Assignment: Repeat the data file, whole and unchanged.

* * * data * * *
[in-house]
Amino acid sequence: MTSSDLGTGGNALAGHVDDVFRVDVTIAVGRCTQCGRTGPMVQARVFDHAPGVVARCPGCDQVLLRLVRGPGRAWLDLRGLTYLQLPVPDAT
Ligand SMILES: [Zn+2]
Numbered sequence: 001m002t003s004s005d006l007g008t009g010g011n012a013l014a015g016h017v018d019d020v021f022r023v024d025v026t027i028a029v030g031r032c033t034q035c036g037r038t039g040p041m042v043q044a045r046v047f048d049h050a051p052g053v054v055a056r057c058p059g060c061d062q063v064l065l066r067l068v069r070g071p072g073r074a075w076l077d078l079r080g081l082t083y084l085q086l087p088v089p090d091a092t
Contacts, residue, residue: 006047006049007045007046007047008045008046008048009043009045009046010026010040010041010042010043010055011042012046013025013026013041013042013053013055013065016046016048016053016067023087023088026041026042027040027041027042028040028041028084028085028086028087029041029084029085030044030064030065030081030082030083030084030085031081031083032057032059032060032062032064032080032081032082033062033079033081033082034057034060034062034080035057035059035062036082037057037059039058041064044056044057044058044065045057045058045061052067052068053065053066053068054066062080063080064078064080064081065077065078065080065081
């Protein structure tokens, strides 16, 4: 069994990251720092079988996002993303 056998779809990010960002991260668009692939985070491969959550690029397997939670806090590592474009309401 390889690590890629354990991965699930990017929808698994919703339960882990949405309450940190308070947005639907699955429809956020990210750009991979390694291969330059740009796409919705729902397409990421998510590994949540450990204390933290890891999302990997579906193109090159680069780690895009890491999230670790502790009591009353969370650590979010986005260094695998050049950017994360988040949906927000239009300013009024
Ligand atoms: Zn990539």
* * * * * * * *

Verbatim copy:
[in-house]
Amino acid sequence: MTSSDLGTGGNALAGHVDDVFRVDVTIAVGRCTQCGRTGPMVQARVFDHAPGVVARCPGCDQVLLRLVRGPGRAWLDLRGLTYLQLPVPDAT
Ligand SMILES: [Zn+2]
Numbered sequence: 001m002t003s004s005d006l007g008t009g010g011n012a013l014a015g016h017v018d019d020v021f022r023v024d025v026t027i028a029v030g031r032c033t034q035c036g037r038t039g040p041m042v043q044a045r046v047f048d049h050a051p052g053v054v055a056r057c058p059g060c061d062q063v064l065l066r067l068v069r070g071p072g073r074a075w076l077d078l079r080g081l082t083y084l085q086l087p088v089p090d091a092t
Contacts, residue, residue: 006047006049007045007046007047008045008046008048009043009045009046010026010040010041010042010043010055011042012046013025013026013041013042013053013055013065016046016048016053016067023087023088026041026042027040027041027042028040028041028084028085028086028087029041029084029085030044030064030065030081030082030083030084030085031081031083032057032059032060032062032064032080032081032082033062033079033081033082034057034060034062034080035057035059035062036082037057037059039058041064044056044057044058044065045057045058045061052067052068053065053066053068054066062080063080064078064080064081065077065078065080065081
């Protein structure tokens, strides 16, 4: 069994990251720092079988996002993303 056998779809990010960002991260668009692939985070491969959550690029397997939670806090590592474009309401 390889690590890629354990991965699930990017929808698994919703339960882990949405309450940190308070947005639907699955429809956020990210750009991979390694291969330059740009796409919705729902397409990421998510590994949540450990204390933290890891999302990997579906193109090159680069780690895009890491999230670790502790009591009353969370650590979010986005260094695998050049950017994360988040949906927000239009300013009024
Ligand atoms: Zn990539």